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The Rational Clinical Examination
March 17, 1999

Is This Patient Hypovolemic?

Author Affiliations

Author Affiliations: Department of Medicine, University of Washington, Seattle-Puget Sound VA Health Care System, Seattle (Dr McGee); Department of Cardiovascular Medicine, Massachusetts General Hospital, Boston (Dr Abernethy); and Department of Medicine, Ambulatory Care, Duke University and Durham Veterans Affairs Medical Center, Durham, NC (Dr Simel).

 

The Rational Clinical Examination Section Editors:David L. Simel, MD, MHS, Durham Veterans Affairs Medical Center and Duke University Medical Center, Durham, NC; Drummond Rennie, MD, Deputy Editor (West), JAMA.

JAMA. 1999;281(11):1022-1029. doi:10.1001/jama.281.11.1022
Objective

Objective To review, systematically, the physical diagnosis of hypovolemia in adults.

Methods We searched MEDLINE (January 1966-November 1997), personal files, and bibliographies of textbooks on physical diagnosis and identified 10 studies investigating postural vital signs or the capillary refill time of healthy volunteers, some of whom underwent phlebotomy of up to 1150 mL of blood, and 4 studies of patients presenting to emergency departments with suspected hypovolemia, usually due to vomiting, diarrhea, or decreased oral intake.

Results When clinicians evaluate adults with suspected blood loss, the most helpful physical findings are either severe postural dizziness (preventing measurement of upright vital signs) or a postural pulse increment of 30 beats/min or more. The presence of either finding has a sensitivity for moderate blood loss of only 22% (95% confidence interval [CI], 6%-48%) but a much greater sensitivity for large blood loss of 97% (95% CI, 91%-100%); the corresponding specificity is 98% (95% CI, 97%-99%). Supine hypotension and tachycardia are frequently absent, even after up to 1150 mL of blood loss (sensitivity, 33%; 95% CI, 21%-47%, for supine hypotension). The finding of mild postural dizziness has no proven value. In patients with vomiting, diarrhea, or decreased oral intake, the presence of a dry axilla supports the diagnosis of hypovolemia (positive likelihood ratio, 2.8; 95% CI, 1.4-5.4), and moist mucous membranes and a tongue without furrows argue against it (negative likelihood ratio, 0.3; 95% CI, 0.1-0.6 for both findings). In adults, the capillary refill time and poor skin turgor have no proven diagnostic value.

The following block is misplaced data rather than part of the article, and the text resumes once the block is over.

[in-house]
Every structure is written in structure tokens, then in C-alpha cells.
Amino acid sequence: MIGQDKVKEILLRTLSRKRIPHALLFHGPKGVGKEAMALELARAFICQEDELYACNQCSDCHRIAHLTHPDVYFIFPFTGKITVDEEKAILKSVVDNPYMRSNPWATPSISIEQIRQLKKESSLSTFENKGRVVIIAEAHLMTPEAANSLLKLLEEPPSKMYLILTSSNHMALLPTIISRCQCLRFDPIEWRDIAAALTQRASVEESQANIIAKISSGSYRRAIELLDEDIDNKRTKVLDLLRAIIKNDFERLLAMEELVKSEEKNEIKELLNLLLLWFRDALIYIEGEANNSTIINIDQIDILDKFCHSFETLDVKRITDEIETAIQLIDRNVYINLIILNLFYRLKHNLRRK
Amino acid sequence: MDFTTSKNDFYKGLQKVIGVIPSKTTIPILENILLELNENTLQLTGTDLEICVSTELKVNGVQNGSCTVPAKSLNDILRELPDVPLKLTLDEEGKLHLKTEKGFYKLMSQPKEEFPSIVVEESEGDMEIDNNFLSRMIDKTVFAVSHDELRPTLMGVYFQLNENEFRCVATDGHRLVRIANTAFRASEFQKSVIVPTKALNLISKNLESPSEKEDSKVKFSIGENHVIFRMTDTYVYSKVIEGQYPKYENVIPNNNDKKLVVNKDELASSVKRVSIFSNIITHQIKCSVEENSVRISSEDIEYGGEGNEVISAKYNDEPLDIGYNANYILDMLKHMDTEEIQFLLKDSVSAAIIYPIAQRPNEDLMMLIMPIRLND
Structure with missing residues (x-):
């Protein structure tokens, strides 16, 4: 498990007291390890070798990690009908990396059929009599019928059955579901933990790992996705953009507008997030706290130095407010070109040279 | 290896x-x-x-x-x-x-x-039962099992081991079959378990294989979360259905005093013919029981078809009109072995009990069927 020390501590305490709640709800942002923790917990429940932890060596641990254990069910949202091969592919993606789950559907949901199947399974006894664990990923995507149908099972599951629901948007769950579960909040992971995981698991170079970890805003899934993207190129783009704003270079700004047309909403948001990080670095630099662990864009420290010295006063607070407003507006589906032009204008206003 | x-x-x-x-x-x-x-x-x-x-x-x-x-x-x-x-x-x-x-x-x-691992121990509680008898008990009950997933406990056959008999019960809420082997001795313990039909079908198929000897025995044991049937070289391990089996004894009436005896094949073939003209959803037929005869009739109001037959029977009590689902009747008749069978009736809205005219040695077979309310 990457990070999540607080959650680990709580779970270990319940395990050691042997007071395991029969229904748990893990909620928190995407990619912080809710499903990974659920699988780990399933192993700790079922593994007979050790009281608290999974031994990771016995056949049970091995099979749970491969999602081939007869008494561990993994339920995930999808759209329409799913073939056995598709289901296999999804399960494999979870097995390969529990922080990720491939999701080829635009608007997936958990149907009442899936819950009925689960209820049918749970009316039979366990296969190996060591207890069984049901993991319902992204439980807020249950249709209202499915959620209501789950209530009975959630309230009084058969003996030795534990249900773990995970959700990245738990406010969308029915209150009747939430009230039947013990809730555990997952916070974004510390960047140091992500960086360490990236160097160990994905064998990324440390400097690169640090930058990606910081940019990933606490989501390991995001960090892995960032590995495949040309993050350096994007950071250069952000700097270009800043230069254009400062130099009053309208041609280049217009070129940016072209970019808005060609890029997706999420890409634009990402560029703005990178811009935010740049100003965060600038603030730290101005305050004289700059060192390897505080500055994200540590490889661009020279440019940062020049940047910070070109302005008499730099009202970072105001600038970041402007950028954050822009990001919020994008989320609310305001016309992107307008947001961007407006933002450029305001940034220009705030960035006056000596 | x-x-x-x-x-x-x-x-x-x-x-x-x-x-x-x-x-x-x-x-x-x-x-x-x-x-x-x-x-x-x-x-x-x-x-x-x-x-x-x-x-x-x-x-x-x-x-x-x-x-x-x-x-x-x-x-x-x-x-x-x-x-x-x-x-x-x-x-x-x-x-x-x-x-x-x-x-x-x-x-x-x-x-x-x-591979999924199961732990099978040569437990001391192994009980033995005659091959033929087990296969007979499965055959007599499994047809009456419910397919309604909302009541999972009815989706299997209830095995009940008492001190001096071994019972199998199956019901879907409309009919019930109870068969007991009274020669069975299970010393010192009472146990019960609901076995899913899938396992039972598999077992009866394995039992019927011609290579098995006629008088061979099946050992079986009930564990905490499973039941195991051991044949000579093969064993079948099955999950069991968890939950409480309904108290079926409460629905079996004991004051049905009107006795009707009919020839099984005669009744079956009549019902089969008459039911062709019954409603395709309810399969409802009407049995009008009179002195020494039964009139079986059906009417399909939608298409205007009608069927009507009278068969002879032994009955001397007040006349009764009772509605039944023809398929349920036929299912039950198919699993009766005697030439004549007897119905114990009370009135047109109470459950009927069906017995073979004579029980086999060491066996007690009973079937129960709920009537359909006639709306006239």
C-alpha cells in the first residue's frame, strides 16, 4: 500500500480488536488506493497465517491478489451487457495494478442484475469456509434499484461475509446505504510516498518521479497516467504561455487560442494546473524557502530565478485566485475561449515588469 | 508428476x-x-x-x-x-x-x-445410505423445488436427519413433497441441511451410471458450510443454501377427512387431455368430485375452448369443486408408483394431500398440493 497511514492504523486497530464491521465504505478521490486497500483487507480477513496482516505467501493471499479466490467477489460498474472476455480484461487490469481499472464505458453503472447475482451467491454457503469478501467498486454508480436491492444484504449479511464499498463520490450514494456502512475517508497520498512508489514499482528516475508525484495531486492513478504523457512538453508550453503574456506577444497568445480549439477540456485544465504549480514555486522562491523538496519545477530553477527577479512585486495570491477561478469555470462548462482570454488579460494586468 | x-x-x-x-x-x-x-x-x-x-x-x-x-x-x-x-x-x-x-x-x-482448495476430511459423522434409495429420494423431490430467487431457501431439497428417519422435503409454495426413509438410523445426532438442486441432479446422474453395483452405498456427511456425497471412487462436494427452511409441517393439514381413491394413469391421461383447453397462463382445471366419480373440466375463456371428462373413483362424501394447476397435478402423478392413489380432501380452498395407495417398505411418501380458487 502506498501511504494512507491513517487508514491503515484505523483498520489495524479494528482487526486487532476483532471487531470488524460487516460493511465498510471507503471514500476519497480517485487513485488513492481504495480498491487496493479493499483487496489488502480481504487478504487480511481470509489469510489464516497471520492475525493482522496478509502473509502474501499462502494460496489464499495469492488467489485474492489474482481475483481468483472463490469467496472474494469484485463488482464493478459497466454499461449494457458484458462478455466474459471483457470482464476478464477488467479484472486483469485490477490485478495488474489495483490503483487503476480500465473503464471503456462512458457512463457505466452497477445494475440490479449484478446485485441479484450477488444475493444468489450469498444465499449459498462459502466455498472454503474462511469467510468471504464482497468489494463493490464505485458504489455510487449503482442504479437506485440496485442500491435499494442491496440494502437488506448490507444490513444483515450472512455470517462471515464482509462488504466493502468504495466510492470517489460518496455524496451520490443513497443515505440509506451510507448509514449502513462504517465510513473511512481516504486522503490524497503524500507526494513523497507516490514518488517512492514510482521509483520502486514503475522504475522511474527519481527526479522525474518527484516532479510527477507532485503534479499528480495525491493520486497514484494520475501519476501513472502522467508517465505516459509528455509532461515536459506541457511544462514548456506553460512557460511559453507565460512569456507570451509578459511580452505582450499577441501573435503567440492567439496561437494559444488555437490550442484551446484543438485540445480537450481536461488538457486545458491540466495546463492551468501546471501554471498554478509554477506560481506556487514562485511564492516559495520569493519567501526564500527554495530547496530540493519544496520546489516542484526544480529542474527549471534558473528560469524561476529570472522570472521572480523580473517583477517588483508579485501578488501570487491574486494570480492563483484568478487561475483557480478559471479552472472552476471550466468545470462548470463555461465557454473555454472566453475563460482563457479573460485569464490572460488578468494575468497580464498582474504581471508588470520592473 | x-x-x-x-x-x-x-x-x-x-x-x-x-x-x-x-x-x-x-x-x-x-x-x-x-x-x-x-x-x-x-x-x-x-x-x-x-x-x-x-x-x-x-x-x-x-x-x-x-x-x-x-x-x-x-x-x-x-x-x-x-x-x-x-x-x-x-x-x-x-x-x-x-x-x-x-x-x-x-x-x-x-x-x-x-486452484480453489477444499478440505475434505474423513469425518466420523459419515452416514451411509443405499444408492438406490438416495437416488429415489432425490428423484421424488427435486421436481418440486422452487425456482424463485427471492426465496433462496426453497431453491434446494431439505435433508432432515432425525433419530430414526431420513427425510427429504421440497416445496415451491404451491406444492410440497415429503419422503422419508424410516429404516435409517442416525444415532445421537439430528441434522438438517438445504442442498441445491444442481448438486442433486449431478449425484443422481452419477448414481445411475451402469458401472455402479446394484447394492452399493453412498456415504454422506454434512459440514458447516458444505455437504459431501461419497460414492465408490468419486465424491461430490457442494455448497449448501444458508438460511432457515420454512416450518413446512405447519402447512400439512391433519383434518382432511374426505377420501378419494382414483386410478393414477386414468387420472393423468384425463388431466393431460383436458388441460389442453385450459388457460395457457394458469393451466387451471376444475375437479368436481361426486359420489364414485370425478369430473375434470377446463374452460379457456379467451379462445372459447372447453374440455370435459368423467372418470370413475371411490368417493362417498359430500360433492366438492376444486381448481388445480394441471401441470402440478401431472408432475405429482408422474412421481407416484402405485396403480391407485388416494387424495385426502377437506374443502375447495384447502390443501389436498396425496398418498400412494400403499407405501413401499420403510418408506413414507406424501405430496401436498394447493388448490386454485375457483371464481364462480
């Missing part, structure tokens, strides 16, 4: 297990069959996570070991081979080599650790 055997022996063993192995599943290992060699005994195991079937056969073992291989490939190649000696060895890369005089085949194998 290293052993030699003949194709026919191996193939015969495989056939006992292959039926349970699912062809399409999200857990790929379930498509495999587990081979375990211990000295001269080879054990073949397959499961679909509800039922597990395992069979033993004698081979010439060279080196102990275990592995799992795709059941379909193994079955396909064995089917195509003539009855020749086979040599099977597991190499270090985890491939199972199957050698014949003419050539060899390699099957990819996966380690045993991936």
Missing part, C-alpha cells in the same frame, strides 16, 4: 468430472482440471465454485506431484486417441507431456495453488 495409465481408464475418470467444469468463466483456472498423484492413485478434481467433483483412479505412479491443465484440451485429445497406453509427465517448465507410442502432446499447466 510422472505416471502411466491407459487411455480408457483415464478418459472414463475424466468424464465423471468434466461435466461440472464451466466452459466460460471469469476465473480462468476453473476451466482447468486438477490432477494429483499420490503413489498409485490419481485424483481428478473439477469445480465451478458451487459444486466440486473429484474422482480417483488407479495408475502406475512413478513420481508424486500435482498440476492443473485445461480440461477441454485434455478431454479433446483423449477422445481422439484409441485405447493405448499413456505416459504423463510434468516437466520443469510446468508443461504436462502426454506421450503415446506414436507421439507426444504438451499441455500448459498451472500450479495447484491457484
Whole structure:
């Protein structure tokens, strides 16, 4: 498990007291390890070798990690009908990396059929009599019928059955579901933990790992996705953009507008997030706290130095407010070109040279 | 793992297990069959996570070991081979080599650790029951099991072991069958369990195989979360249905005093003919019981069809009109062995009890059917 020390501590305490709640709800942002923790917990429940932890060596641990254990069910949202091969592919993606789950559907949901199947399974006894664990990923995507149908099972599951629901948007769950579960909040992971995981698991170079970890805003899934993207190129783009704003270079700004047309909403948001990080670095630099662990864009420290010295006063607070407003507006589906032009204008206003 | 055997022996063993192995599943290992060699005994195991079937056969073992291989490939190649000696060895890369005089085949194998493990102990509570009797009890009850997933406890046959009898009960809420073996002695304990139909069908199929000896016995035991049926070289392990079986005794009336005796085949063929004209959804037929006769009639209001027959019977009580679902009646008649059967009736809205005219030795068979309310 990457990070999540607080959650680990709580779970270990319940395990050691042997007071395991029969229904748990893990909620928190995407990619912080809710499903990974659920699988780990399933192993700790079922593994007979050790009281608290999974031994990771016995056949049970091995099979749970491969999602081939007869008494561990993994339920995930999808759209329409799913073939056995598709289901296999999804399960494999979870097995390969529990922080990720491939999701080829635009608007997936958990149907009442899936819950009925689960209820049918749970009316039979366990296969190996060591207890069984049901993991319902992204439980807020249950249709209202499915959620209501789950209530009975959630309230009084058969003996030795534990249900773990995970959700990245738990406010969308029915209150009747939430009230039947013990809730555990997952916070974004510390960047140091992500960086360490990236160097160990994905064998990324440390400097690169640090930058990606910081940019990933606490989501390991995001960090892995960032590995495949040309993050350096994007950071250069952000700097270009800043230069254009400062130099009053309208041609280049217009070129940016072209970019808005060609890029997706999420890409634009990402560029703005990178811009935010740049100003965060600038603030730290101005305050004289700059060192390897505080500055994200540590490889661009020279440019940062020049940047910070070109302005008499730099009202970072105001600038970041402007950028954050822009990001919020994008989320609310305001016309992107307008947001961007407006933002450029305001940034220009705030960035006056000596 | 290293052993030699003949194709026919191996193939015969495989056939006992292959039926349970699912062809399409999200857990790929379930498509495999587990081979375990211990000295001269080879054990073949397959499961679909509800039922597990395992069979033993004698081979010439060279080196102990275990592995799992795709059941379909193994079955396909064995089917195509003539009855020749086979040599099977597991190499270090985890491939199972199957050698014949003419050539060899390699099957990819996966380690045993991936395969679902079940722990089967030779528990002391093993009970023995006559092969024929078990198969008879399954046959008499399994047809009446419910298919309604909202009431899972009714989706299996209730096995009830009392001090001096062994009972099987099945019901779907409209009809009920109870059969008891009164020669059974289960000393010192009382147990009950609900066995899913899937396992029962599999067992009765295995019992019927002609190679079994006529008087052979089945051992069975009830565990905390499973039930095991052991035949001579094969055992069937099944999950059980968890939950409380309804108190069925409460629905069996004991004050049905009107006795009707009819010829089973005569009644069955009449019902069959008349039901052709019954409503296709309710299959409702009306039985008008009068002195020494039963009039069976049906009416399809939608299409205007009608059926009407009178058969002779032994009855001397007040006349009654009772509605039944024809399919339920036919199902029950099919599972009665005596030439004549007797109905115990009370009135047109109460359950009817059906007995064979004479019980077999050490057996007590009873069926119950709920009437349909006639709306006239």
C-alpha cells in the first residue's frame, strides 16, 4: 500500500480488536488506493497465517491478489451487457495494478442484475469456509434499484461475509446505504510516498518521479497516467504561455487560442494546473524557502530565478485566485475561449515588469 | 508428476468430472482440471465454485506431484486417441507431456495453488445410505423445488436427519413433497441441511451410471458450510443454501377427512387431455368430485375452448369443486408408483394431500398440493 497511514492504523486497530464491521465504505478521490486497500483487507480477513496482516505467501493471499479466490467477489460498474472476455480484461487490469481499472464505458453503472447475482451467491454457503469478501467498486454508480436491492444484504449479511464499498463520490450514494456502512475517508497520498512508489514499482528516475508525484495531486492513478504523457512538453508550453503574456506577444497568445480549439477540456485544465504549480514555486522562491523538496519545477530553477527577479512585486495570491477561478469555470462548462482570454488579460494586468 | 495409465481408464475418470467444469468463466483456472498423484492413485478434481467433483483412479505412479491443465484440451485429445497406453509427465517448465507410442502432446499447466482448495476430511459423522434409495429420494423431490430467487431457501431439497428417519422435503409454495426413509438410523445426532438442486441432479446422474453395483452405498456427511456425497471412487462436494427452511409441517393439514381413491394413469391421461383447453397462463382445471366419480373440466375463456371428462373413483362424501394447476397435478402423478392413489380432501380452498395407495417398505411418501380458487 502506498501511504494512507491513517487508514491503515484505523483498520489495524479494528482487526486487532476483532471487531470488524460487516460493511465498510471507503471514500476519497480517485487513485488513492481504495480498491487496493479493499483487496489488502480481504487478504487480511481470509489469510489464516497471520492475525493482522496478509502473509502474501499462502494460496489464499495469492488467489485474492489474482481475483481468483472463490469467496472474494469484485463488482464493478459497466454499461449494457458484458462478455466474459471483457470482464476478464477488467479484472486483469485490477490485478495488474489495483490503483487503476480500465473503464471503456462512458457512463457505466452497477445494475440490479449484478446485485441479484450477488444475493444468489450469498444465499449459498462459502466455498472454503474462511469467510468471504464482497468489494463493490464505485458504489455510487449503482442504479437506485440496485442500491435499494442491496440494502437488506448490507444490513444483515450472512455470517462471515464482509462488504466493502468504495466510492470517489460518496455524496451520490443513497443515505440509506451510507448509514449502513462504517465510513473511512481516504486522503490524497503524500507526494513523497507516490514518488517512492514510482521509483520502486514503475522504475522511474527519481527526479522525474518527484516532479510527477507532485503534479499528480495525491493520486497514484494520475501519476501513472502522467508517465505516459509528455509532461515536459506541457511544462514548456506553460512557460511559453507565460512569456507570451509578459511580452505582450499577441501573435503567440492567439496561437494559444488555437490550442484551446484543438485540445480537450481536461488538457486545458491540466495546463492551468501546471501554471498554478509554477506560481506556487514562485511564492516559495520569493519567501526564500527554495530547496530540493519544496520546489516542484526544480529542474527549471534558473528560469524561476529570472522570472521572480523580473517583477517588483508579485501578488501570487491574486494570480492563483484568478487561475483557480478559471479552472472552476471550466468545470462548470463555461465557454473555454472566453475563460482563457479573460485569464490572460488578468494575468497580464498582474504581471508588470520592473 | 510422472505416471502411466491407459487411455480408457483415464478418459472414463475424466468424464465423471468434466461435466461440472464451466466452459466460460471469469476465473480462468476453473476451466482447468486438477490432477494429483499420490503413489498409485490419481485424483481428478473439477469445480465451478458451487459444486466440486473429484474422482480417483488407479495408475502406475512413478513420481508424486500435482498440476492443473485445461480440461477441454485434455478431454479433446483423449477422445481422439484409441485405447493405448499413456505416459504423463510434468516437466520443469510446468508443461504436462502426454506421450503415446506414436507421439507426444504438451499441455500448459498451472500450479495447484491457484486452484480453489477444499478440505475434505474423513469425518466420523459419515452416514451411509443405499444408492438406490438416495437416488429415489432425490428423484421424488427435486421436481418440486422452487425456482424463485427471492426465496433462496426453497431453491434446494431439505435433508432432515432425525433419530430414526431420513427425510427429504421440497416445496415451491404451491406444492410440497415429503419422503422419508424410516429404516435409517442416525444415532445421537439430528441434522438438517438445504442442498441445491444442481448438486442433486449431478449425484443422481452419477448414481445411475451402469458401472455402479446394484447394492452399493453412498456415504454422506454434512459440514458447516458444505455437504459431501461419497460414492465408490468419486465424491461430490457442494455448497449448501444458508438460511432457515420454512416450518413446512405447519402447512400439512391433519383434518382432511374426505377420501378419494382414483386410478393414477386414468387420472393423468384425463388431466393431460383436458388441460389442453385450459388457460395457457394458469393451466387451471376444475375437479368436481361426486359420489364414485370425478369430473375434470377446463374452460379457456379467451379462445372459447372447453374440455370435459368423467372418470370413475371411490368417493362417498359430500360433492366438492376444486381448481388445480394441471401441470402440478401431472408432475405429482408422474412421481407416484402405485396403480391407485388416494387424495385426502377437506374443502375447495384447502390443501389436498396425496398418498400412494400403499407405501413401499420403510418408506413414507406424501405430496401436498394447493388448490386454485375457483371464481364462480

Conclusions A large postural pulse change (≥30 beats/min) or severe postural dizziness is required to clinically diagnose hypovolemia due to blood loss, although these findings are often absent after moderate amounts of blood loss. In patients with vomiting, diarrhea, or decreased oral intake, few findings have proven utility, and clinicians should measure serum electrolytes, serum blood urea nitrogen, and creatinine levels when diagnostic certainty is required.

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